Yesterday I wrote about MGUS and Margaret from Italy’s technically excellent multiple myeloma blog. I have recieved several e-mails from newly diagnosed patients and/or their family members asking me what MGUS and other commonly used multiple myeloma related acronyms stand for. I get queries like this a lot. That is one reason that I, unlike a number of other bloggers, try not to use “Internet slang” or “bloggers code” (not that there is anything wrong with that!) or whatever you would like to call the short-cuts writers and e-mailers tend to take when writing online, since many of our readers are new to blogging and sometimes even the Internet. They are here looking for answers–looking for help and emotional support following an unexpected diagnosis of multiple myeloma. So I write more formally, trying to keep in mind some readers may not understand the simplest things about myeloma–our crazy cancer. Last August I attended an International Myeloma Foundation (IMF) Family/Patient Seminar just outside of Minneapolis. This post from August 30th, 2009 might help clear-up a few of these questions:
Friday afternoon at the IMF conference in Edina, Minnesota we learned, in detail, the criteria for diagnosis in multiple myeloma. Mayo Clinic transplant nurse Teresa Micelli explained there are four basic disorders that affect plasma cells in the bone marrow. Monoclonal gammopathy of undetermined significance (MGUS), smoldering (indolent) myeloma, plasmacytoma and active myeloma. MGUS and indolent myeloma usually only require observation, known in the bus as “watch and wait.” Plasmacytoma is when a patient has a solitary tumor made of plasma cells. Radiation therapy is most often used here. Active myeloma is diagnosed when myeloma protein is present, either in urine or blood, and when a number of other symptoms are present, including at least one of what are called “CRAB” features. CRAB stands for calcium elevation, renal dysfunction, anemia, bone disease. (lytic lesions or osteoporosis) Pretty dry stuff, right? The most memorable point relating to this list has to do with the “watch and wait” part. When you have multiple myeloma, watching and waiting becomes a regular part of your life. Is the increased M-spike just an anomaly this month, or is it a trend that will require a new treatment option? Will Velcade work after Revlimid isn’t effective anymore? Will the stem cell graft take after your bone marrow is wiped-out by high-dose chemotherapy? There is no cure for multiple myeloma. Once you are diagnosed, your new normal becomes watching and waiting. Advice from the conference: Don’t watch and wait. LIVE! Live everyday as if it is your last. Don’t waste a moment watching and waiting! Amen!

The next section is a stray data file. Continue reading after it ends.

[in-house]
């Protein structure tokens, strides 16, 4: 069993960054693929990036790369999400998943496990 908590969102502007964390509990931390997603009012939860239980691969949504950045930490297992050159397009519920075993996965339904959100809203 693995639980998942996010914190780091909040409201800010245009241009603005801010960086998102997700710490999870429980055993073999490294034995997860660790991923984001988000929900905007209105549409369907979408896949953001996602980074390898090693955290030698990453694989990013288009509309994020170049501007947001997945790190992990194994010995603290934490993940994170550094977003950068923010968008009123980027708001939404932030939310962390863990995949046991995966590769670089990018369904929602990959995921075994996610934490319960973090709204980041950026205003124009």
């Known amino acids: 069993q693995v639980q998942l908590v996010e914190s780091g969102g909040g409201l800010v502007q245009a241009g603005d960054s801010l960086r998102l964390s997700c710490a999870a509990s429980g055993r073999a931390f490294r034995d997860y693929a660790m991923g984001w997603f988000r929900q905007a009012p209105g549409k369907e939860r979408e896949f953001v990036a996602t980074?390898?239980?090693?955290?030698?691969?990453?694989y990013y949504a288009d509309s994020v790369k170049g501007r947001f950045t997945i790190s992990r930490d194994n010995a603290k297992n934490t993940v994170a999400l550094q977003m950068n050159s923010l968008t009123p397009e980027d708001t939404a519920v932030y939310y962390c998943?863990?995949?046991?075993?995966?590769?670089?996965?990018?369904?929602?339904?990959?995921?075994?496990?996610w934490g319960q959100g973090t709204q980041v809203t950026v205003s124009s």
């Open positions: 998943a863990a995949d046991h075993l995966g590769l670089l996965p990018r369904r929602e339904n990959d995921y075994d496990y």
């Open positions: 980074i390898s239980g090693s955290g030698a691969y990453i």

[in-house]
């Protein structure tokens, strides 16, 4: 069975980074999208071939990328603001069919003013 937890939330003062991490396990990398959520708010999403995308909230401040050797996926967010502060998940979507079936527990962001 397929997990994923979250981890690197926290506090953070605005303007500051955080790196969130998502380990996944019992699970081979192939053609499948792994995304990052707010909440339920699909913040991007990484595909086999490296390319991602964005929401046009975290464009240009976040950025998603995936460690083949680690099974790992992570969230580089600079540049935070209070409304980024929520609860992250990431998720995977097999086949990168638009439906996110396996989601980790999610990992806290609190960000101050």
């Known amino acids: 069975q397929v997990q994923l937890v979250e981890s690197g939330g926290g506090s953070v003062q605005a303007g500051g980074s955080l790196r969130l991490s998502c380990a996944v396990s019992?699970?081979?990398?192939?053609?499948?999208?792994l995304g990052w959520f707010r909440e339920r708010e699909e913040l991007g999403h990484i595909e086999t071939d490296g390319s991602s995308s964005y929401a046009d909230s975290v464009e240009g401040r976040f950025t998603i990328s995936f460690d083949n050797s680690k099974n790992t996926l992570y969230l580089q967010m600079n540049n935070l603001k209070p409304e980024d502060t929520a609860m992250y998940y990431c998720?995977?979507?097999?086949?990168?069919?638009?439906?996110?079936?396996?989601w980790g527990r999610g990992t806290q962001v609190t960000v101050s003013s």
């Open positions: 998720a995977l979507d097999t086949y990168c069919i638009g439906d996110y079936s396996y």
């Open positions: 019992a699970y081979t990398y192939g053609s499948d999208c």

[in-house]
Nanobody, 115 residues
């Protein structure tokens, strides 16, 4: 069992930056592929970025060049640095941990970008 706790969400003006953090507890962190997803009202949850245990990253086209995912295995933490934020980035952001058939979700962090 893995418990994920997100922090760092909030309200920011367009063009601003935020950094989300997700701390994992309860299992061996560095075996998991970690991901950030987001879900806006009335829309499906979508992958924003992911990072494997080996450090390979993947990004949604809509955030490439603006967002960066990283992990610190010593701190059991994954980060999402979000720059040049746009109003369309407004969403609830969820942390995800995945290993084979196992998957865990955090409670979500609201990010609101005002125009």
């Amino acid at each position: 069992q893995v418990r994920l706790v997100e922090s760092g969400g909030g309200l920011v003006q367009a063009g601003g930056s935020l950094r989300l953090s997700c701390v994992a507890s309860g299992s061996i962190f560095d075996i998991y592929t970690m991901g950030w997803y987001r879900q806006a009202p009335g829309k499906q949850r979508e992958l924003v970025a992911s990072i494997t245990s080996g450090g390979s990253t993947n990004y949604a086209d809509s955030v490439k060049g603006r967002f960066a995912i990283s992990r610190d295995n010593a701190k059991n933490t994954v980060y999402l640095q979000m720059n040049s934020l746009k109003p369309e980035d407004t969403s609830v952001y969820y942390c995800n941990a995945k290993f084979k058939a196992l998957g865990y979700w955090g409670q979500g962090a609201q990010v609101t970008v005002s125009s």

I hope our more experienced readers will be patient with me as I try to keep things simple from time to time for our newer followers. They need our help!
Feel good and keep smiling, even if you have just been diagnosed with multiple myeloma. The future is looking brighter for most all of us everyday! Pat